Newport on the Levee is expanding its culinary horizons in many directions — fish (Mitchell's), diner fare (Johnny Rockets), pizza (Dewey's), Irish (Claddagh), high-end Italian (Brio Tuscan Grill). The latest addition is to the East: The Bamboo Club. If you like P. F. Chang's, the popular national chain found locally at Rookwood Commons in Norwood, you'll find yourself on familiar ground at Bamboo. This is the seventh Bamboo Club, a chain which has plans to expand from its Arizona base to other parts of the country. Newport is the first prototype location.
After getting lost in the Levee's parking garage — who designed that place? It's got to be the worst garage in town to navigate — you find your way to mezzanine level. Following a walkway south along the building's façade, you'll arrive at Bamboo's entrance. Inside is a big curved bar and an area decorated with unusual bamboo sculptures and oversized foliage.
The rest of the big open space (6,800 square feet, seating 250) continues this Asian décor with black ceilings, custom lampshades and wall murals featuring leaf patterns and scenes of life in the Orient.
Lots of four-top tables fill the open area, which tends to get noisy; some tables have a view out the southern windows. In the center of the room are half-booths for four: Bench seats are for half the table and chairs for the other half.
That's where we ended up: We left the chairs for our two guests and slid into the bench, which seemed nice at first but, by the evening's end, we found it too constricted for comfort. Our table location, facing the noisy kitchen and in the flight pattern for every guest being seated, was not conducive to dinner conversation.
Bamboo Club's menu is divided into five areas — steamed, grilled, sizzled, "woked" and noodled — though not nearly as many choices as in more traditional Chinese restaurants.
We tried two appetizers: Soothing Lettuce Wraps ($8) and Crispy Spinach ($4). The wraps, cups of iceberg lettuce and a platter of filling made of of rice, vegetables, chicken and shrimp, served with a plum sauce, were pleasant. (I prefer P. F. Chang's version, however, where you get to mix your own sauce and vary its piquancy according to your preference.) The spinach was unusual: a bowl of spinach leaves that were flash-fried, making them delicate and crispy. The texture was intriguing — they melted in your mouth — but they were almost flavorless without an optional sprinkling of soy sauce.
I'm a big fan of Pad Thai ($11) and I've tried it at most of our area's Thai restaurants. The Bamboo Club's version was an ample serving with a mixture of shrimp and chicken in the peanut-accented sauce over rice noodles. The menu warned that it would be spicy, but it did not approach the moderately hot 4 on a scale of 10 that I traditionally get.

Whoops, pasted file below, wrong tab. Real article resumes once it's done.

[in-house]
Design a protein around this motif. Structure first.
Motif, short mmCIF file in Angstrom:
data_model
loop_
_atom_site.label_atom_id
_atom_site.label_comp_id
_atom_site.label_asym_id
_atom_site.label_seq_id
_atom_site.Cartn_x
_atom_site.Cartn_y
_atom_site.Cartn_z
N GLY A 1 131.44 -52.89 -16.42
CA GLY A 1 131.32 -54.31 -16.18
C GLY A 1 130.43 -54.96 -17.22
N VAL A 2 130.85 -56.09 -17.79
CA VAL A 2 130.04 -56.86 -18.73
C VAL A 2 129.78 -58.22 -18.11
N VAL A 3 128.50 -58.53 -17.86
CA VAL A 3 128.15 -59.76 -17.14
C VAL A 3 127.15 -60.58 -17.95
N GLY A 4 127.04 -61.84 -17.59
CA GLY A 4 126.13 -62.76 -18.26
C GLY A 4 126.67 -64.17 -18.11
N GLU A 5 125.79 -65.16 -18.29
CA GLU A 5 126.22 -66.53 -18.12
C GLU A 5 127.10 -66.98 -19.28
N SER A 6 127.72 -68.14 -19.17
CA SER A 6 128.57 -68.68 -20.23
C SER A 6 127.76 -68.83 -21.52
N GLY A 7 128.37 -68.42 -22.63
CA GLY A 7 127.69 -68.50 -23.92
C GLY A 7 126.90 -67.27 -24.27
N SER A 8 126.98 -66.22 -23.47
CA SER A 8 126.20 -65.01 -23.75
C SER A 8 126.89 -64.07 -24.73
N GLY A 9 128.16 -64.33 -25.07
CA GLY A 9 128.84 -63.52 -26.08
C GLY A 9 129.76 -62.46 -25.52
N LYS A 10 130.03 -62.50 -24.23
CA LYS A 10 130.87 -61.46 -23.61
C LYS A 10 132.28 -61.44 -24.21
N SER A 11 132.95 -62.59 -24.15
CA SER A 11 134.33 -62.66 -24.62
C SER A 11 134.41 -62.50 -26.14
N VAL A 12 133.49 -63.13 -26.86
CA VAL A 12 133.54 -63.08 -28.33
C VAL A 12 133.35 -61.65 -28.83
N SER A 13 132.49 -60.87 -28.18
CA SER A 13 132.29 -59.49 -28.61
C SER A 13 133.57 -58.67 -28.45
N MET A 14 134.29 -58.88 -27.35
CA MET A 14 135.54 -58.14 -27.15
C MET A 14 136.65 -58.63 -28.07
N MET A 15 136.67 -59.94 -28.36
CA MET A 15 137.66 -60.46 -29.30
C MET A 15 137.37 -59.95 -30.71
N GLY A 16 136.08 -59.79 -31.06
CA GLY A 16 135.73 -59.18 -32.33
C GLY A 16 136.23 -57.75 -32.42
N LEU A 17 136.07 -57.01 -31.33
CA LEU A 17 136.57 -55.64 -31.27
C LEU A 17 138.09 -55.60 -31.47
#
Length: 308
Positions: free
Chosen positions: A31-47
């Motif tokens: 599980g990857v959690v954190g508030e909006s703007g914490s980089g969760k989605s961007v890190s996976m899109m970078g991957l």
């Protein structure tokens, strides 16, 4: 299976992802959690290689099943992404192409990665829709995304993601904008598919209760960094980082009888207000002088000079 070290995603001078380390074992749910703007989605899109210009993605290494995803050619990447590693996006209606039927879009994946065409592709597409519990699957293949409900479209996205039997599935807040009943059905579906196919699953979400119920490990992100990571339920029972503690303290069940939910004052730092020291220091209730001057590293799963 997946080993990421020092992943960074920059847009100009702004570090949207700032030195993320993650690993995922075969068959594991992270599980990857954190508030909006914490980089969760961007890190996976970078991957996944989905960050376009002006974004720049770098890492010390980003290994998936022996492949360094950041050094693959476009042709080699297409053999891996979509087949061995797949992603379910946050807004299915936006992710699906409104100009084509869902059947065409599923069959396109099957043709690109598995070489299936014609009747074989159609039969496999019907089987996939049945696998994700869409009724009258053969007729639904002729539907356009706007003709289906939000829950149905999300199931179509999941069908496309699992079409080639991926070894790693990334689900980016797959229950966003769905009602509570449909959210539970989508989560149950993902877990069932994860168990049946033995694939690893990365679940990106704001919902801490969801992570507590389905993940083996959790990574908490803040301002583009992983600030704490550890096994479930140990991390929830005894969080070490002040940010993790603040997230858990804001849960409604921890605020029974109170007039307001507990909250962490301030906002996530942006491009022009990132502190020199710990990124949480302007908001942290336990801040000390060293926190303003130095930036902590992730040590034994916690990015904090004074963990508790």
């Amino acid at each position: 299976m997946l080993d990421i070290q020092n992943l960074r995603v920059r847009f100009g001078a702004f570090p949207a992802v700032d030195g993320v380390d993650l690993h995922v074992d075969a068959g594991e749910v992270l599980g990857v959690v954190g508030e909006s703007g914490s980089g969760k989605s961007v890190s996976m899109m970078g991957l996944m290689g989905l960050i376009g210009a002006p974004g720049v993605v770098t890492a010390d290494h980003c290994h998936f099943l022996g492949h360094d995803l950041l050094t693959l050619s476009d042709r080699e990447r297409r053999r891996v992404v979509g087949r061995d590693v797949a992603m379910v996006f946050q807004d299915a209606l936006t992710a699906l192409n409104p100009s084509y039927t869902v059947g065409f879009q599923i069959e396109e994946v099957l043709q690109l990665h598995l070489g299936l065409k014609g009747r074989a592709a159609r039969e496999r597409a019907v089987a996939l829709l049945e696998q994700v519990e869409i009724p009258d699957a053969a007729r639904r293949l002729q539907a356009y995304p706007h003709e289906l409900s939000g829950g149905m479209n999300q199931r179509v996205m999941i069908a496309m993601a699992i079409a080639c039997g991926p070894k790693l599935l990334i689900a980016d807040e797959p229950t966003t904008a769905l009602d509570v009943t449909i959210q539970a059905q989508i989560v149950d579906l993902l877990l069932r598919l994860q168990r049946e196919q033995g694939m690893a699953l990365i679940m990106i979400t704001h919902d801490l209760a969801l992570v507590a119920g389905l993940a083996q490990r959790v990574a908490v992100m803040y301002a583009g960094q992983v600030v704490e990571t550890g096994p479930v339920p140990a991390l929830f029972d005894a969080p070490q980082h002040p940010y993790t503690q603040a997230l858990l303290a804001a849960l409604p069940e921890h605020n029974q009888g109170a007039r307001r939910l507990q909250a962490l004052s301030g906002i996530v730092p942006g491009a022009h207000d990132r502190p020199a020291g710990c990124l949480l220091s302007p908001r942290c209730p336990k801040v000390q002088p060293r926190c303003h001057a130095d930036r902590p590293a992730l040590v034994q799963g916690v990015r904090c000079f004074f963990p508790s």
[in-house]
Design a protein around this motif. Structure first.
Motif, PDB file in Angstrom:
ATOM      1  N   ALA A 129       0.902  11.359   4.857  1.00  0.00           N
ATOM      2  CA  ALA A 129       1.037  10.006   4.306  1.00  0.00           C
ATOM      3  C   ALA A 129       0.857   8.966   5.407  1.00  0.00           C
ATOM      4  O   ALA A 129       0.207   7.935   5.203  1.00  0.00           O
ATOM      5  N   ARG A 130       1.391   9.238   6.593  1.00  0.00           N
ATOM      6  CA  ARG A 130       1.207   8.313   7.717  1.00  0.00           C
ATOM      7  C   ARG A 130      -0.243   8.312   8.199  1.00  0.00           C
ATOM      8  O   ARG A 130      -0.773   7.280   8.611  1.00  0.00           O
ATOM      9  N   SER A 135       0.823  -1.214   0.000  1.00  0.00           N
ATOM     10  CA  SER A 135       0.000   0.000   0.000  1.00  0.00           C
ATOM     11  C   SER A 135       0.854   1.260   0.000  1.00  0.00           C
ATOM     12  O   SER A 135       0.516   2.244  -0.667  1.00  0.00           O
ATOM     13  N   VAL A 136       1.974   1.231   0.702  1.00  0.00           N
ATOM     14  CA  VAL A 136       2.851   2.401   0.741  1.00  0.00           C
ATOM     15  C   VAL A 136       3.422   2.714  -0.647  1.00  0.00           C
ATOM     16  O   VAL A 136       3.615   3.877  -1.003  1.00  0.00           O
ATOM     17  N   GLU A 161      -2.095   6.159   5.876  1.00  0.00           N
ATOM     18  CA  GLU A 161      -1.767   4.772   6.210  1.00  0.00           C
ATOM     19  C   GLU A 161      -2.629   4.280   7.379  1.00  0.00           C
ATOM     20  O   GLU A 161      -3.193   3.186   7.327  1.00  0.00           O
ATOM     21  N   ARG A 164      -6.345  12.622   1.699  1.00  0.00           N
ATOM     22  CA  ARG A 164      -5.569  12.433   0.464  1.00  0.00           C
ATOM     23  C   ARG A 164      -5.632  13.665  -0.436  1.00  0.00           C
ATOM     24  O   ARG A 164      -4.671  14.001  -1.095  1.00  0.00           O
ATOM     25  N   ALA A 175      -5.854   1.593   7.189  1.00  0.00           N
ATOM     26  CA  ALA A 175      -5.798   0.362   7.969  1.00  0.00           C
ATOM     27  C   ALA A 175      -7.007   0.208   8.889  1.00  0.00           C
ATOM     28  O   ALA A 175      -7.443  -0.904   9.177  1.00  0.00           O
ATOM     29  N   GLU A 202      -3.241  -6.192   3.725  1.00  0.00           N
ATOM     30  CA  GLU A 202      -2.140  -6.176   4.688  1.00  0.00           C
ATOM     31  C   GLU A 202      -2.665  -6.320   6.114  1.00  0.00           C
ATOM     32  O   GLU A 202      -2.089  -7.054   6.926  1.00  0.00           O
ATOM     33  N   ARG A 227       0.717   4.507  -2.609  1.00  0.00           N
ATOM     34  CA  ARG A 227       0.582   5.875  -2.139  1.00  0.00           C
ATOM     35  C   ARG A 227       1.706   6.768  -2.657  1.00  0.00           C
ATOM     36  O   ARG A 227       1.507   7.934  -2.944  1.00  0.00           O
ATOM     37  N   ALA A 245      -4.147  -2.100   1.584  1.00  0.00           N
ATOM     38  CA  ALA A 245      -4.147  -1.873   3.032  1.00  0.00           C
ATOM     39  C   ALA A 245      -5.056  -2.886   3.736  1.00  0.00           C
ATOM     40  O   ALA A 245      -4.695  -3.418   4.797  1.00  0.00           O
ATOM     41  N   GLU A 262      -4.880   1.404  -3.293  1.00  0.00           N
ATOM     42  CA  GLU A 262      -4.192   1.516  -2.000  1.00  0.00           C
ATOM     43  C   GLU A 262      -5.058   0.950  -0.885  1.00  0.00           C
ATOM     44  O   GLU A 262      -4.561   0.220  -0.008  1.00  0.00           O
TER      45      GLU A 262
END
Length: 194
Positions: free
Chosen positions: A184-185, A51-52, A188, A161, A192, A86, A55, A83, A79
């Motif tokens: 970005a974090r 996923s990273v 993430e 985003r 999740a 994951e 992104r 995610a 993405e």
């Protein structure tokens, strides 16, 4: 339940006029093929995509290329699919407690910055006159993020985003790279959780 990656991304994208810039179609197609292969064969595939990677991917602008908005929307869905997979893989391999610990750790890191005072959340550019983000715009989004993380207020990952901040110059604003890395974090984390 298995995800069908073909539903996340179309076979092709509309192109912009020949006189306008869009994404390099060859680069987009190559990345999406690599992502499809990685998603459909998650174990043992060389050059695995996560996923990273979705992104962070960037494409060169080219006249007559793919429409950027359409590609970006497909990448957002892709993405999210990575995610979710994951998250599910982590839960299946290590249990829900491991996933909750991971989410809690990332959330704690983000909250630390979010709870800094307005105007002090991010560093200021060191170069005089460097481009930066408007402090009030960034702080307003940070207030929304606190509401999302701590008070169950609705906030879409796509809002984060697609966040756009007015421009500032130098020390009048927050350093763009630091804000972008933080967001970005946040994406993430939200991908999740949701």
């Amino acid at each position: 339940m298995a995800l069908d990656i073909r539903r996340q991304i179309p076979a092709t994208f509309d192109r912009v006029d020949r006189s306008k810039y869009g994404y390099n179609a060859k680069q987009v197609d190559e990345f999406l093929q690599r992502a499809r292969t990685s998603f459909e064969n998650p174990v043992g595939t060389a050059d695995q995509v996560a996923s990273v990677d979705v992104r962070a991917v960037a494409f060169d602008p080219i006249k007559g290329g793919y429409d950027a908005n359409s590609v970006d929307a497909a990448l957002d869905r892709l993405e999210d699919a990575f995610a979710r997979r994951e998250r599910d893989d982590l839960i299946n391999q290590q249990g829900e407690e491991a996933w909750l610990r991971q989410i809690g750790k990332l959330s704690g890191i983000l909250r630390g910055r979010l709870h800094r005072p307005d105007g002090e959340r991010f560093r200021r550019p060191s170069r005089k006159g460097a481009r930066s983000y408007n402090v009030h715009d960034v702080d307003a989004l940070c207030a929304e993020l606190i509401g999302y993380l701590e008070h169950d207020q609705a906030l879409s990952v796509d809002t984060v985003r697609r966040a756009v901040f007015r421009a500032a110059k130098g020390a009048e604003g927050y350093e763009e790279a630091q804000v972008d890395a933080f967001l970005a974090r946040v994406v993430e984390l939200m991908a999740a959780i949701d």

We also ordered Steamed Halibut with Ginger Garlic Sauce ($17), which was served with well-prepared asparagus, not mushy. The sauce was an excellent compliment, but the fish had cooled off too much before serving.
I had a side order of Chinese Green Beans ($6), my favorite dish of the evening. The steamed cooked beans still had a bit of a snap to them, but the dish's unique personality came from a sharp chili sauce that had a lingering effect
The Bamboo Club takes reservations — they get extra points for that, a service too many restaurants seem to have given up on today — and they say, "Our waiters wait. Our customers don't." Unfortunately, we were bamboozled by unforgivably erratic service. When we arrived, a server introduced himself and asked for drink orders, which were delivered quickly. But nearly 20 minutes passed, and our food order still hadn't been taken. We looked around for our server, who was nowhere to be found: Another appeared and took our orders; then suddenly our original server was back on the scene.
As we were eating our appetizers, we wanted a few more pieces of lettuce, and our drinks had run dry. After trying to flag down our original server twice, one of us left the table to tell him what we needed. When our main course was delivered by yet a third server, he twice interrupted animated conversations with our guests, once to whisk away a bowl of rice he'd just delivered, telling us it wasn't acceptable.
I'm willing to forgive haphazard service in a new place when the food is good. The Bamboo Club was voted one of the top 10 restaurants in Phoenix, their hometown, so I presume they know how to do it right. I hope not too many local diners have the experience I did, or they'll soon be availing themselves of the many other choices at Newport on the Levee. ©
The Bamboo Club
Go: Newport on the Levee, Newport
Hours: Monday-Thursday 11 a.m.-11 p.m., Friday-Saturday 11 a.m.-Midnight, Sunday 11 a.m-10 p.m. (Bar closes at 1 a.m. Monday-Saturday; at 11 p.m. Sunday)
Payment: Major credit cards
Red Meat Alternatives: Menu has lots of seafood and chicken, plus many purely vegetarian choices.
Other: Reservations are invited. "Happiness Hour" from 2-6 p.m. and half-price on selected drinks and appetizers after 10 p.m.